Last year, Thune reintroduced his STREAMLINE Small Cell Deployment Act, legislation that would update the Communications Act to better reflect developing technology and facilitate the rapid deployment of 5G networks to meet consumer demand by setting reasonable standards for public review of infrastructure siting while recognizing the unique challenges for small municipalities.
Click here to watch Thune’s opening remarks.
Thune’s opening remarks below (as prepared for delivery):
“Thank you Chairman Wicker for holding today’s hearing and to all of the witnesses for being here. We’ve seen that now, more than ever, as we rely on technology to do our jobs and stay connected to our family and friends, reliable internet connectivity is so vital to this country. Ensuring that all parts of the country have reliable access to broadband services is critical. Without access to these services, we wouldn’t have students continuing their education through distance learning, many parts of the country’s workforce wouldn’t be able to telework, and we wouldn’t be able to provide essential telehealth services to many individuals.
“Throughout the COVID-19 pandemic, I've been encouraged by the performance of both mobile and fixed broadband networks in the United States. Carriers by and large are meeting consumers’ demands and, even with the unprecedented amount of traffic on our communications networks, they have stepped up to keep our country connected.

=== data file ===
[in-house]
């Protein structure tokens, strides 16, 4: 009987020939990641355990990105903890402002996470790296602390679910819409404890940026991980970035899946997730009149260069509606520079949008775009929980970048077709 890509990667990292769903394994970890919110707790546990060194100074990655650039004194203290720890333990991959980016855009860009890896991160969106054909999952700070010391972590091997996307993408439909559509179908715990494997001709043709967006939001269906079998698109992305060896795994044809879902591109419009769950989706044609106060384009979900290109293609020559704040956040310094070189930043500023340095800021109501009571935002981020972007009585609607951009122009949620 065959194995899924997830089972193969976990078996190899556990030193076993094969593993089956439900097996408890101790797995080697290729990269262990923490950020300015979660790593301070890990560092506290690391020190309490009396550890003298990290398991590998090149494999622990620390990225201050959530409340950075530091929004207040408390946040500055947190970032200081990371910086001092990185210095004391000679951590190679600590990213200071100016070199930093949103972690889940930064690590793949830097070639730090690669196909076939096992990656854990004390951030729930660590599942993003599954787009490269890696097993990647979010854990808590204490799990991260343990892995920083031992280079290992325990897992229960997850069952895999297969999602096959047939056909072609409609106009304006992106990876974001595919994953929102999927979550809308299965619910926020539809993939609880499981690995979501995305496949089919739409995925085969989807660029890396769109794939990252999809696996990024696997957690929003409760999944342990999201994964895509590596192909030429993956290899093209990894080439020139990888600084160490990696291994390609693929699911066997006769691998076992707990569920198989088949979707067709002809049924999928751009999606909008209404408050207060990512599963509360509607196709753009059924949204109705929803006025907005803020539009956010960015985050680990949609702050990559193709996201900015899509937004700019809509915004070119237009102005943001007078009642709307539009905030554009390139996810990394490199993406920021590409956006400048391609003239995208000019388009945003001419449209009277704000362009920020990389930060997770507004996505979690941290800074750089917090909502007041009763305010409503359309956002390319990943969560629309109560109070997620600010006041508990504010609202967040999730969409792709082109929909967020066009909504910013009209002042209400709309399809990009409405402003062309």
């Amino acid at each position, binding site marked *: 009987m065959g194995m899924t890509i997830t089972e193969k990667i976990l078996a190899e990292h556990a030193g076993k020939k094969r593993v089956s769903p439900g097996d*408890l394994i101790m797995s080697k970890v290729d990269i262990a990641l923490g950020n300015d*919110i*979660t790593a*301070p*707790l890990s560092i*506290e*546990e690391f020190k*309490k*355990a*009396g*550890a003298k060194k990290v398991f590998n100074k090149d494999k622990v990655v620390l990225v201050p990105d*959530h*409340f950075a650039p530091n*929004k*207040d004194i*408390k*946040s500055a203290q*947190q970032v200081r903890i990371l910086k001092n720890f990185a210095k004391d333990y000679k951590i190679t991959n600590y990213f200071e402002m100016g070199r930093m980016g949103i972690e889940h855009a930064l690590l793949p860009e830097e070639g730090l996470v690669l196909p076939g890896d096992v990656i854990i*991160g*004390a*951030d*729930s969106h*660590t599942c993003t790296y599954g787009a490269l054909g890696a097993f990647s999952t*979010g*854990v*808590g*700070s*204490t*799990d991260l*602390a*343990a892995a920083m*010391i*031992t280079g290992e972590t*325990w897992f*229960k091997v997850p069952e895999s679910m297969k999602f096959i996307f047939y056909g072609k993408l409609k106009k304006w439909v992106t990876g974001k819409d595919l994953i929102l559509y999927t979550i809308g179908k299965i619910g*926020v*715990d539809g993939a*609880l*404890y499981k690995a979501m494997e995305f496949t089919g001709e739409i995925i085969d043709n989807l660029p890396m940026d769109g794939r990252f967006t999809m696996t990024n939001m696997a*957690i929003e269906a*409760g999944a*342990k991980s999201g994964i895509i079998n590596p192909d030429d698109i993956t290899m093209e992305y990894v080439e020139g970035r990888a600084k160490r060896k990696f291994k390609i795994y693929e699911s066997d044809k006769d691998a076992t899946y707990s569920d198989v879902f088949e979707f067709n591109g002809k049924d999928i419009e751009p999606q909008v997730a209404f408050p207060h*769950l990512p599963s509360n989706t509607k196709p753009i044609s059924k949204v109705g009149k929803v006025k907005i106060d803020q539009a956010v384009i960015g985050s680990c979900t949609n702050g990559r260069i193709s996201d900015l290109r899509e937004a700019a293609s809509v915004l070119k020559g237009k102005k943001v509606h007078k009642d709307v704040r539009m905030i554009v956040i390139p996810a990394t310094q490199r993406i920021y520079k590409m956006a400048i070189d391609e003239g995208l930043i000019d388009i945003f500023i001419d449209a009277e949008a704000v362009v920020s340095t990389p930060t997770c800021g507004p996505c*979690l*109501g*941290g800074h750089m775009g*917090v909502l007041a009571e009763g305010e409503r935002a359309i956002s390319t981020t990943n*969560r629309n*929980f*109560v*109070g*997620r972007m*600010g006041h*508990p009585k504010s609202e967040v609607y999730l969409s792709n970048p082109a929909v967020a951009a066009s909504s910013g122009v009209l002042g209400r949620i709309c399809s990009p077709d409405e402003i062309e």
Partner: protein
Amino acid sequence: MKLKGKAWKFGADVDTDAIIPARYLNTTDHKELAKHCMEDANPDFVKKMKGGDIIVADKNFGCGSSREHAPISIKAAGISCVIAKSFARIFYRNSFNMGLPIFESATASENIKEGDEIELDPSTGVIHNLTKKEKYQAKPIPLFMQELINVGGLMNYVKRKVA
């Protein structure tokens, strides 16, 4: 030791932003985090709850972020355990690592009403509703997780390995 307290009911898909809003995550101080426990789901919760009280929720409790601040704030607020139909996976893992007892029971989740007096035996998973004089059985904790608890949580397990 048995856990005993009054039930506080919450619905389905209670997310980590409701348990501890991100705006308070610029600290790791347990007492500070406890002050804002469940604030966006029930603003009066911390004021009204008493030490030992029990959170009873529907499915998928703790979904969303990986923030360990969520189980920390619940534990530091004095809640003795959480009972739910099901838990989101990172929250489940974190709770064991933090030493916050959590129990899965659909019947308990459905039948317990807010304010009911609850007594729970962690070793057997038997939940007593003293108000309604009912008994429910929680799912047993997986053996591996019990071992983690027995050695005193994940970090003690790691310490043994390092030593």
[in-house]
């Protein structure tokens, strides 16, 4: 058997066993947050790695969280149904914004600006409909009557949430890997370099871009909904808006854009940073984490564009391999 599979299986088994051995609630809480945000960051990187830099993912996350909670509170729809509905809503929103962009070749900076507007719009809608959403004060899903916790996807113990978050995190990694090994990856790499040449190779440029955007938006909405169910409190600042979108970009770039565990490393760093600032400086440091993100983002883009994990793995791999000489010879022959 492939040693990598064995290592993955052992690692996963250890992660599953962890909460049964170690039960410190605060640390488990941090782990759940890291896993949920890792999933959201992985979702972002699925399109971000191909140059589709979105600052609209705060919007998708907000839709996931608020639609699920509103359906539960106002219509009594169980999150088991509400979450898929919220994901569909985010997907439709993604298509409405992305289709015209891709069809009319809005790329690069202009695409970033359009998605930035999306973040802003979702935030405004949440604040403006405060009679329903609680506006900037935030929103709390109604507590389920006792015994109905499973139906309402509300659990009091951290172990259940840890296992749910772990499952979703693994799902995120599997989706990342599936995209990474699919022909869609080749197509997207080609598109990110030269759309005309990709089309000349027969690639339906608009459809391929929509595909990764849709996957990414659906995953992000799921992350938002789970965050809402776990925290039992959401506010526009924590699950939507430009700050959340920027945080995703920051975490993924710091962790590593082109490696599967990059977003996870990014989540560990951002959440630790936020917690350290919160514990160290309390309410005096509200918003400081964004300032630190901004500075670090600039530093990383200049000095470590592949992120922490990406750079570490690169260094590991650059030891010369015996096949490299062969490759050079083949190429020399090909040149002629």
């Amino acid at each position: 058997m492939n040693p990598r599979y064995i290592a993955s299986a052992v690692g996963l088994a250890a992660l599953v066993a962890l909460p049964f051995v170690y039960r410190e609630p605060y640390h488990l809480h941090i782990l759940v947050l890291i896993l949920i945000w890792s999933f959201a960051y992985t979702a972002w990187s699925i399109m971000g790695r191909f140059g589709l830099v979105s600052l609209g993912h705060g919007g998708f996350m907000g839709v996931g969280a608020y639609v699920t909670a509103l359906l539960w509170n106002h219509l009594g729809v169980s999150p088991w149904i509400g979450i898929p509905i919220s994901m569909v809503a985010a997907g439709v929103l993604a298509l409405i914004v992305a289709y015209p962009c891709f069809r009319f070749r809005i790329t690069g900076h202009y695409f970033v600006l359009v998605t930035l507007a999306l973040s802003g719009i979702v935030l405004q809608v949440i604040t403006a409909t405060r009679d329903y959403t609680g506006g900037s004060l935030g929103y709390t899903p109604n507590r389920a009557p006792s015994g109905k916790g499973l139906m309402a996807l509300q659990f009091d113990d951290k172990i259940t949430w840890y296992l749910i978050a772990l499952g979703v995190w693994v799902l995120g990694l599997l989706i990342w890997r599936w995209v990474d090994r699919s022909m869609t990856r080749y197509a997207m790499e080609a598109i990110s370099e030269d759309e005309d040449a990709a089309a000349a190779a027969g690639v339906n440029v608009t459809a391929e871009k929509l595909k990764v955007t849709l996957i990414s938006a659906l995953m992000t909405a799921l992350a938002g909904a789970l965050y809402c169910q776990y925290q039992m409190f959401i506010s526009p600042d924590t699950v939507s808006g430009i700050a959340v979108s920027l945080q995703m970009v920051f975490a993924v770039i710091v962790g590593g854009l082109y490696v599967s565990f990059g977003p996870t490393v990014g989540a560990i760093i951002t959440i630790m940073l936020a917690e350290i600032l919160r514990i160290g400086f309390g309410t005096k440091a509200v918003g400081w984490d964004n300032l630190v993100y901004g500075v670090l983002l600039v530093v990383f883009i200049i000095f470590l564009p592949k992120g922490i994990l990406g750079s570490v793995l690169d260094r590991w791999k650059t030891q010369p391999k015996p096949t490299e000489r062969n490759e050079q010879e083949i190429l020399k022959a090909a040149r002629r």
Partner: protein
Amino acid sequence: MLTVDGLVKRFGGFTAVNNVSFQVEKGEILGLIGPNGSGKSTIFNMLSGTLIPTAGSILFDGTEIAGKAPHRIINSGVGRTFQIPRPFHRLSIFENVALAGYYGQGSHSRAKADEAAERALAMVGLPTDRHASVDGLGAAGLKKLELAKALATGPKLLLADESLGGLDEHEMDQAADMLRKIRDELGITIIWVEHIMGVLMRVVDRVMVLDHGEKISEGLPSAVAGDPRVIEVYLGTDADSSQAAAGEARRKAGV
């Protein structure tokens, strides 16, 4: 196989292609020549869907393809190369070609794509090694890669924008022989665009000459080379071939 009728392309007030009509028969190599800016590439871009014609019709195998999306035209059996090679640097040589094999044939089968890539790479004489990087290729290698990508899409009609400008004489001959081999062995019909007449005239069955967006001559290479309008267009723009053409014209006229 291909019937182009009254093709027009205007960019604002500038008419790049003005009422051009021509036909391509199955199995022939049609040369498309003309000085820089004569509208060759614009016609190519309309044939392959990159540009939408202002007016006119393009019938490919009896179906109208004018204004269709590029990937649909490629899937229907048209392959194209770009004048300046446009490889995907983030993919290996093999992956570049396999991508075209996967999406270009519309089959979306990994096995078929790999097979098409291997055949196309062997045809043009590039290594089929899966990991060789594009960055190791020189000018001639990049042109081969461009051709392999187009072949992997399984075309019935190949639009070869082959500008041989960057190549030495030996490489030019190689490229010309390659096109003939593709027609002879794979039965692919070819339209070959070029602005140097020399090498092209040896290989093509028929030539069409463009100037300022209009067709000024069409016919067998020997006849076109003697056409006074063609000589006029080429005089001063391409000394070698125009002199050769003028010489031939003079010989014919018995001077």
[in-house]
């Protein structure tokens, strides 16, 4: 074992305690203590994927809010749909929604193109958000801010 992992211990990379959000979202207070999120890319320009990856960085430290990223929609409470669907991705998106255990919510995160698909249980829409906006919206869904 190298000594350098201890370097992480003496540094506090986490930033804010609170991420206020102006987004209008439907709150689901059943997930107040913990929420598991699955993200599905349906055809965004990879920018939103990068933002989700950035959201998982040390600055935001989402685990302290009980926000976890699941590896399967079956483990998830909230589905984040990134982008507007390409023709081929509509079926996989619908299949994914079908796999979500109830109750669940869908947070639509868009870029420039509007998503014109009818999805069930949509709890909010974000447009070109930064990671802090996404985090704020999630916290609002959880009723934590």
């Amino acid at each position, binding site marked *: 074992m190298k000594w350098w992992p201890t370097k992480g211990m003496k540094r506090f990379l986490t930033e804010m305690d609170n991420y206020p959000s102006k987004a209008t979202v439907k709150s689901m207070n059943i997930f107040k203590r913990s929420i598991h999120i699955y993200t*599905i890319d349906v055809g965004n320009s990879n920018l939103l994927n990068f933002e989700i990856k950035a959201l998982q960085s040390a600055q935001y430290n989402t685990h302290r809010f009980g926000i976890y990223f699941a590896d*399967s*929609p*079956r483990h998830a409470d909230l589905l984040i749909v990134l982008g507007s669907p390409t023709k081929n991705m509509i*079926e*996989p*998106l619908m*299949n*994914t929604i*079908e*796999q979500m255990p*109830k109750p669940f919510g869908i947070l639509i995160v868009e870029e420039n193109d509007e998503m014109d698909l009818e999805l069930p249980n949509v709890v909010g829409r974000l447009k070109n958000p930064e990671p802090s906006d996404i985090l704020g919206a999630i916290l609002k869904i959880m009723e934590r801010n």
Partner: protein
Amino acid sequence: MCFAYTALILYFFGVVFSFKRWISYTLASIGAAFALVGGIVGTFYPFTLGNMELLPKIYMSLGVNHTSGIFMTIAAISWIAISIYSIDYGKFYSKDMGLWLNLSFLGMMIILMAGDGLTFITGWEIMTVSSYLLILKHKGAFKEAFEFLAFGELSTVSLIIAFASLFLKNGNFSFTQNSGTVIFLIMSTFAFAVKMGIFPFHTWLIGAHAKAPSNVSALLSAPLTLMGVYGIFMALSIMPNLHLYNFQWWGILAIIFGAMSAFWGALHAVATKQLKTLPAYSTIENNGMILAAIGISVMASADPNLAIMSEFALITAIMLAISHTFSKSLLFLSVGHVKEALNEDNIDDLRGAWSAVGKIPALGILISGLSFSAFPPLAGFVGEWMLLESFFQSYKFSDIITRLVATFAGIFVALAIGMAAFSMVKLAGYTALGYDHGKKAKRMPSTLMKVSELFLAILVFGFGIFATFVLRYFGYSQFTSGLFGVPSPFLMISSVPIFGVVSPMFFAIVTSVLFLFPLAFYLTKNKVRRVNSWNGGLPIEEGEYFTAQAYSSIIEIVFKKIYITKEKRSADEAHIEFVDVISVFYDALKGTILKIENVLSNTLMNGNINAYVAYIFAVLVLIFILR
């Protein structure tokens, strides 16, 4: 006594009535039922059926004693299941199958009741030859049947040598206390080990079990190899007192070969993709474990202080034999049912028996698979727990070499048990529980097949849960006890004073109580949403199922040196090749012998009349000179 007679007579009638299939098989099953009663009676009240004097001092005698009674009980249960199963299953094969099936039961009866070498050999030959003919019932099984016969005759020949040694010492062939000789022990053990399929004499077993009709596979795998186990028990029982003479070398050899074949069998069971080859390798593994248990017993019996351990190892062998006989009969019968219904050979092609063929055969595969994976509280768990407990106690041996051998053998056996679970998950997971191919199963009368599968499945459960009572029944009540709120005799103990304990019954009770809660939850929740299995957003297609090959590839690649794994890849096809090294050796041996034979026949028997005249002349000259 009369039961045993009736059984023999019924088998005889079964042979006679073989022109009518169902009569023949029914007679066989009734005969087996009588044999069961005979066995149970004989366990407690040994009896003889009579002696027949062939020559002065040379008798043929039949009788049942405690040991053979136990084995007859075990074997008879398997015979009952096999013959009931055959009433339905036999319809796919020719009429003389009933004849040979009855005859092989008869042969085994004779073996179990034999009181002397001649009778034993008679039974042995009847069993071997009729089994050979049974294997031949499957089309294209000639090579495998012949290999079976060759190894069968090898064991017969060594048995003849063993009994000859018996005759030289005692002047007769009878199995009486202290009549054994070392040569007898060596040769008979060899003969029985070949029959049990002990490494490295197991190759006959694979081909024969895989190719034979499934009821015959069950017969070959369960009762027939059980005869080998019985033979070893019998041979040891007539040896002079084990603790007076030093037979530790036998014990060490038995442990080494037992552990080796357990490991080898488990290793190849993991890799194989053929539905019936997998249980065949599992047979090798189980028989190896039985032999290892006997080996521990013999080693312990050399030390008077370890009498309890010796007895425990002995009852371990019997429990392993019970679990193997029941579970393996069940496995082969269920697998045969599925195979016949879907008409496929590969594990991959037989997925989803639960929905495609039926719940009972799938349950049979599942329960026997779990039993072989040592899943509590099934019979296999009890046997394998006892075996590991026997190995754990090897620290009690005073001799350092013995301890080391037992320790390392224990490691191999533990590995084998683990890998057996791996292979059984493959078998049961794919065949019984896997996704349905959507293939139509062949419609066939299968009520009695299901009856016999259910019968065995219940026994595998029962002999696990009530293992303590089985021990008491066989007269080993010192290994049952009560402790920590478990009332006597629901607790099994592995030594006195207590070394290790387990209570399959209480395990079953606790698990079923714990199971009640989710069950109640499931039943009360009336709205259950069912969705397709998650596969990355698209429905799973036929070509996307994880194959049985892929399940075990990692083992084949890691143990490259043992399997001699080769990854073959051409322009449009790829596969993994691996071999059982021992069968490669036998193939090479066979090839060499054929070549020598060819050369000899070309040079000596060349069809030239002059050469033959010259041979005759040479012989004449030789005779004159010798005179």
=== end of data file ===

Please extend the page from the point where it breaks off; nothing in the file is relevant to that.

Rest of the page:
“This is much different from what we are seeing in other parts of the world. Take for example Europe, which has pursued a more heavy-handed regulatory approach to broadband services. This has resulted in far less investment in communications network expansion, and now today, we are seeing their networks struggle to keep up with the increased demands.
“Because of the light-touch approach to broadband regulation by the federal government in the United States, we’ve seen access to these critical services expand significantly, including to some of the most rural areas of this country. If we want the Internet to continue to thrive and serve as an engine for economic innovation and advancement, we should ensure that our policies continue to encourage more investment by the private sector in our communications infrastructure.”